Wizards, Stackhouse don't see eye-to-eye

Forward says he and knee are done for season

team wants to decide after tests

Pro Basketball

March 01, 2004|By Milton Kent | Milton Kent,SUN STAFF

WASHINGTON - Here's what the Washington Wizards and Jerry Stackhouse agree on: The forward will not play tonight against the New Orleans Hornets, and his ailing right knee will be examined by a team doctor either today or tomorrow.

From there, however, Stackhouse and the Wizards, or more specifically, Ernie Grunfeld, the team's president of basketball operations, don't quite seem to be in agreement.

While Stackhouse apparently is inclined to believe he needs to get totally healthy before he can play, Grunfeld said yesterday the team wants to see if Stackhouse's knee, which was operated on in the preseason, is structurally sound before deciding whether the forward will shut it down for the regular season, which has 25 games left.

"He came back, and he hasn't missed any games because of it," said Grunfeld. "It's just soreness and tenderness and a lot of it has to do with being out. Any time a person is out for a long period of time, there's going to be some of that. Our main concern is to make sure that there's no structural situation that we need to worry about."

Grunfeld, who was out of the country on a scouting trip until yesterday, said no decision has even been made on whether Stackhouse will go on the injured list.

Grunfeld said if there is no structural damage to Stackhouse's knee, he will go through a period of rehabilitation and strengthening before a decision is made.

"It's going to be a process of how the rehab goes, if he takes a few days off to see if the soreness goes away and things of that nature," said Grunfeld. "We're going to try a lot of different things and we'll evaluate it as he goes along."

Meanwhile, Stackhouse, 29, who said after scoring 20 points in Saturday's 122-110 loss to the Los Angeles Lakers that he would not play the rest of the season because of recurring knee problems, acknowledged some of his coaches and teammates want him to play, even if he isn't at full strength.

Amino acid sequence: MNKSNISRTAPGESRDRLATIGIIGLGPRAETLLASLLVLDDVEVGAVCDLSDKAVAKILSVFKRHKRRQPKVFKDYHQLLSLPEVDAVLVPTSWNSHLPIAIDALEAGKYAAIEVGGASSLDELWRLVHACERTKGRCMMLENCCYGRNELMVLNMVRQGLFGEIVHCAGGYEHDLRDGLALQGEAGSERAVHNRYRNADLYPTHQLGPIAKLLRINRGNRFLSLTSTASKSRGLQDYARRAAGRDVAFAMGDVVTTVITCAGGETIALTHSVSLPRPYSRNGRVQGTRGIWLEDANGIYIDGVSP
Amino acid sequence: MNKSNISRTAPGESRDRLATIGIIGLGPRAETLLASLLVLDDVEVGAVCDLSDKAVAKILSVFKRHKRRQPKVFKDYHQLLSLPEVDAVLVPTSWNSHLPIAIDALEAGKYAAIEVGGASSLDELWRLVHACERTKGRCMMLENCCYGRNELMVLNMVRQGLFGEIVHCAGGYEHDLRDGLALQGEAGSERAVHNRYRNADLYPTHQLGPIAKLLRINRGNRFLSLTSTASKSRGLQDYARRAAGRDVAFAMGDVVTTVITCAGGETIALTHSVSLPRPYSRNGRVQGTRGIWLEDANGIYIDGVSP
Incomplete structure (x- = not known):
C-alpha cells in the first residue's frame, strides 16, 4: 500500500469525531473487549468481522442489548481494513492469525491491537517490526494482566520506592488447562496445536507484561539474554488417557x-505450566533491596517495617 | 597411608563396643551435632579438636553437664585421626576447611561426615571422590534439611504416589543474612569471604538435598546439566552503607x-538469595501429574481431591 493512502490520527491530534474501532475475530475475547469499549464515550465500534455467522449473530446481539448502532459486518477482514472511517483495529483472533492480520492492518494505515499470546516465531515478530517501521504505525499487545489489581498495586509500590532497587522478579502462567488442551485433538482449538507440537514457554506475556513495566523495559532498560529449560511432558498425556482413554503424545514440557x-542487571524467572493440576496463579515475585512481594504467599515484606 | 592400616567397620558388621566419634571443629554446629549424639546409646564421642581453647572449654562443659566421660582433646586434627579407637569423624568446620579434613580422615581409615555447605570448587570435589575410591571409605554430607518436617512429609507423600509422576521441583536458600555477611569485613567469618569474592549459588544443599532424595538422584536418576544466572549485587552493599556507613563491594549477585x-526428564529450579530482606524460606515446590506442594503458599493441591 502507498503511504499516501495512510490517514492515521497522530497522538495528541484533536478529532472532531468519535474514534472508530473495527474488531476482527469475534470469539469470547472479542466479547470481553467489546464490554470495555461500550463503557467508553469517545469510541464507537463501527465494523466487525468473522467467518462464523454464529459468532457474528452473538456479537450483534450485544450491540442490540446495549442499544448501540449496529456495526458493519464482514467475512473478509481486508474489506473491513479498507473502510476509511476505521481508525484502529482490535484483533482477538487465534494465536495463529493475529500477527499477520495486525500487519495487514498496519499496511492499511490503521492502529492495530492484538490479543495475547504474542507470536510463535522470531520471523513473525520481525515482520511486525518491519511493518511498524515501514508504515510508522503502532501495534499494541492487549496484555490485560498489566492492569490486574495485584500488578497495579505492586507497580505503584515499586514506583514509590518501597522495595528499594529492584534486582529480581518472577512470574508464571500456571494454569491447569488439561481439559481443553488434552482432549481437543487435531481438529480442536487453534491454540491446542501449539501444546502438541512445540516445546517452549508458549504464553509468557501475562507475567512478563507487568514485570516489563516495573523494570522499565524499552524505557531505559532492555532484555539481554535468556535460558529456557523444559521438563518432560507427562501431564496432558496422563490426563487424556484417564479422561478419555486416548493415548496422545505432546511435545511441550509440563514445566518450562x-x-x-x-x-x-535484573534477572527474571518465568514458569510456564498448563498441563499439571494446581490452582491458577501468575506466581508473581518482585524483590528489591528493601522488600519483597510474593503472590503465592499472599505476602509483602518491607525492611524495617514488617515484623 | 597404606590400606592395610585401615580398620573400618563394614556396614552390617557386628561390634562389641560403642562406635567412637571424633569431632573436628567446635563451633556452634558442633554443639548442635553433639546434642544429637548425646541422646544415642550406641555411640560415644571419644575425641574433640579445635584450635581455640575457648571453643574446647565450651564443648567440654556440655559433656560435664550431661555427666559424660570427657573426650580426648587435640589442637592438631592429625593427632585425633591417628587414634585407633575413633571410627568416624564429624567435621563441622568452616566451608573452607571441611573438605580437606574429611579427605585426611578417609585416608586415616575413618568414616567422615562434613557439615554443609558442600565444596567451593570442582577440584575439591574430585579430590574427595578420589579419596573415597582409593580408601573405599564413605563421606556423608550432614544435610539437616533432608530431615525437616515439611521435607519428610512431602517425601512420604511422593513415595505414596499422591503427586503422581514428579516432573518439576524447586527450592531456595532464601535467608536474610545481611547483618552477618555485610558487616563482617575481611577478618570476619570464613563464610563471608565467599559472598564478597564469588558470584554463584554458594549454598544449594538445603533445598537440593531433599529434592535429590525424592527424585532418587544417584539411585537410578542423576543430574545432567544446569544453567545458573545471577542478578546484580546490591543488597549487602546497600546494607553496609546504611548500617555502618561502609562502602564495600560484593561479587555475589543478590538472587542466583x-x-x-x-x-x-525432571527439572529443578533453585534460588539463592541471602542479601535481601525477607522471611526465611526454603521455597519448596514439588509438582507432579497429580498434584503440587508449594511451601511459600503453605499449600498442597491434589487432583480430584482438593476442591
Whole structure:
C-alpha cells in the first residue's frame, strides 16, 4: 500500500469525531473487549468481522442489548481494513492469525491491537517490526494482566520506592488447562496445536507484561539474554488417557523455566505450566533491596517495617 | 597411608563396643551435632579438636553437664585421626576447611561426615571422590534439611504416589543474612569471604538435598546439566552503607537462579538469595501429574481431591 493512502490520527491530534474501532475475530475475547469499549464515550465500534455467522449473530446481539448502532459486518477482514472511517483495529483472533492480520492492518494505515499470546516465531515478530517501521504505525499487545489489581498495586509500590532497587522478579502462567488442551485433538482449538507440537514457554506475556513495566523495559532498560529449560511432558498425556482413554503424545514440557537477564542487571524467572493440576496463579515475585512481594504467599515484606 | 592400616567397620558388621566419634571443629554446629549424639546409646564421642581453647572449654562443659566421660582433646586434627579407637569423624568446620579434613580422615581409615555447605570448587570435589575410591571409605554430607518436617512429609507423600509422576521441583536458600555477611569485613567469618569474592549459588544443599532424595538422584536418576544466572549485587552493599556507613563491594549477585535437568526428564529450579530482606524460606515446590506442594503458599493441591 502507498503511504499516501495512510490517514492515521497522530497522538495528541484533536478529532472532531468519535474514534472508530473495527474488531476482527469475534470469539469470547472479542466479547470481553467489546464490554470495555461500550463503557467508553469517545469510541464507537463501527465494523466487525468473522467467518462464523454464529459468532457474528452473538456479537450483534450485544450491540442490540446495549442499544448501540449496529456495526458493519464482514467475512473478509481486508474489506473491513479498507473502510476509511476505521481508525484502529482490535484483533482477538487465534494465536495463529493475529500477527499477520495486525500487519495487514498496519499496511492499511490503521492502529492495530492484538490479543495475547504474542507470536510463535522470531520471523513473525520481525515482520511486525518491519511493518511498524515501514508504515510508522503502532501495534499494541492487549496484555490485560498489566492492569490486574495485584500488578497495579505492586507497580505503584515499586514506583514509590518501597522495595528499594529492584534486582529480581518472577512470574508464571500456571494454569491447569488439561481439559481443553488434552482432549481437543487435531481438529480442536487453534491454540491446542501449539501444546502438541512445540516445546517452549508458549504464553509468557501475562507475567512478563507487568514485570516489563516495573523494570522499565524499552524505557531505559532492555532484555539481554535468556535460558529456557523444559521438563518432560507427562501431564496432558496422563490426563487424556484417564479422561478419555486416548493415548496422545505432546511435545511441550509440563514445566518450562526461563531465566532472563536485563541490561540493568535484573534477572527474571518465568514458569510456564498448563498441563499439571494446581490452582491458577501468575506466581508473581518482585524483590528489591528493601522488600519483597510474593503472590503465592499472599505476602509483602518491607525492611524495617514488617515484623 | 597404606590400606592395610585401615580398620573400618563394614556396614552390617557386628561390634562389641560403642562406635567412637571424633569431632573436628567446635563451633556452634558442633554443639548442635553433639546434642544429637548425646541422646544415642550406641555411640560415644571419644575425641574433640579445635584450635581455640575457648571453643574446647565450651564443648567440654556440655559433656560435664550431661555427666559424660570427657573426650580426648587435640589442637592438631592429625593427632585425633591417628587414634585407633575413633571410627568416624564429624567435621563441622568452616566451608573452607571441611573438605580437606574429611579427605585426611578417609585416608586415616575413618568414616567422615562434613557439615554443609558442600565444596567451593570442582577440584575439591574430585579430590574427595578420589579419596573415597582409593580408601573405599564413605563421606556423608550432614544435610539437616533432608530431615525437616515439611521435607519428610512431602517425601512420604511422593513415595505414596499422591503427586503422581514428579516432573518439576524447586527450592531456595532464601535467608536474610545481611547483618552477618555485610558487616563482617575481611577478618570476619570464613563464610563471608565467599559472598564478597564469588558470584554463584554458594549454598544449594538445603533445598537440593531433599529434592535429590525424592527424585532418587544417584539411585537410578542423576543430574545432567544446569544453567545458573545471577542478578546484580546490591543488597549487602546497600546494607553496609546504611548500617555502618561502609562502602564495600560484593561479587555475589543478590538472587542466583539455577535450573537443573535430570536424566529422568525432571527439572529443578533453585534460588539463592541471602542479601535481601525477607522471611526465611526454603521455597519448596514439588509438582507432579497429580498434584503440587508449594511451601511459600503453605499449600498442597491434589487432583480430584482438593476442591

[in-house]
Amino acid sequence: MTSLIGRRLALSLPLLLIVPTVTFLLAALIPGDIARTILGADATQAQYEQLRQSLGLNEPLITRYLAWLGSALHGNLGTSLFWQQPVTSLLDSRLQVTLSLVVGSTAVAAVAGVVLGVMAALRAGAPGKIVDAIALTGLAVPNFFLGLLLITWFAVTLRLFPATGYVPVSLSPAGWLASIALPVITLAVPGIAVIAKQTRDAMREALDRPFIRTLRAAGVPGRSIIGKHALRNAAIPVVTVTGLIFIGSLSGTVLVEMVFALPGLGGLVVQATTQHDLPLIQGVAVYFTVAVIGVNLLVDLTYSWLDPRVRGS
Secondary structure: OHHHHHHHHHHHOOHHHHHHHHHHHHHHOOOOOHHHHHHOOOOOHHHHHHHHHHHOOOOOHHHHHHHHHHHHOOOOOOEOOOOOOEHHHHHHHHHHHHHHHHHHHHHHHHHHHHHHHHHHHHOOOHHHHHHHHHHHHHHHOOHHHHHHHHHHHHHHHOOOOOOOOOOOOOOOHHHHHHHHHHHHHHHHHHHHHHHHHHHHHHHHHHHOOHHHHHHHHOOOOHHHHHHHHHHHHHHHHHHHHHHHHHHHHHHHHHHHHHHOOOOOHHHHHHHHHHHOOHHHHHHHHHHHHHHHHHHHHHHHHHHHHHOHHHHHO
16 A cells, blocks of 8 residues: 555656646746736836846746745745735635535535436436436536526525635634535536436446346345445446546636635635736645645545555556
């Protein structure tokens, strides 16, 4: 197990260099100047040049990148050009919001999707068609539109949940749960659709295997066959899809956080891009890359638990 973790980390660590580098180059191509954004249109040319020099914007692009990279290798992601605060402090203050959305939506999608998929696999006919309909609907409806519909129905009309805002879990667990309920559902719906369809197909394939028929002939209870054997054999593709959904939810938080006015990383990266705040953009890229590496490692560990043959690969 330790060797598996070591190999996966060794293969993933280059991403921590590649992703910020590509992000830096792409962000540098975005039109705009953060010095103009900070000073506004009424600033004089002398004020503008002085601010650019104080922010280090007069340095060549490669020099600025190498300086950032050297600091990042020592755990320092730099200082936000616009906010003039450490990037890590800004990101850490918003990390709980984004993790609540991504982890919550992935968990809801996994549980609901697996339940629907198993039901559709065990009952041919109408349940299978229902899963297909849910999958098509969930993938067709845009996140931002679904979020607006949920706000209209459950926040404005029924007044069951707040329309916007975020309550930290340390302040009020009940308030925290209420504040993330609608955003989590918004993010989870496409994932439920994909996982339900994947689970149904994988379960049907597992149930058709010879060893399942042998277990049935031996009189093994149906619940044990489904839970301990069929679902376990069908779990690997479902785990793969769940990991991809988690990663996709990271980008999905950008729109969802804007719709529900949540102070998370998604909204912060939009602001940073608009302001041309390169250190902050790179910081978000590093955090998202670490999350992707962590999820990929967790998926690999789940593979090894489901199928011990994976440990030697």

Since returning to the lineup after missing the first 45 games of the season, Stackhouse, who is averaging 14.1 points in 12 games, has not had either the explosiveness or the lift he demonstrated over the first eight years of his NBA career.

But while his teammates and coaches may think Stackhouse should play at perhaps 75 percent, he questions the purpose of pushing his body if it's telling him he can't play at his usual level.

"That's really what has to be addressed," Stackhouse said after practice yesterday. "I understand everybody's situation. The bottom line is that we want to try to win games. They feel like, to try to win games, maybe I need to be out there even if it's not at 100 percent.

"My thing is, if that's the case, it has to be a special situation. I'm not going to be able to come in here and pound myself. I don't want that to be a distraction to the team. If I can't come in and practice and there's guys who are out there practicing and I come into a game and play minutes, how is that going to flow and go?"

In addition, though the Wizards (18-39) are only 5 1/2 games out of the eighth and final playoff spot in the woeful Eastern Conference, the team is already missing guard Larry Hughes, the team's leading scorer (18.7), who will be out at least another three weeks with a wrist injury.

Though the Wizards could theoretically make a playoff push, more likely, with five teams ahead of them, Washington seems destined for a seventh straight trip to the draft lottery, which would seem to make pushing for Stackhouse's return superfluous.

However, the team did give Stackhouse a two-year contract extension last June, bringing his total payout to $33 million over four years. The deal expires after the 2006-07 season.

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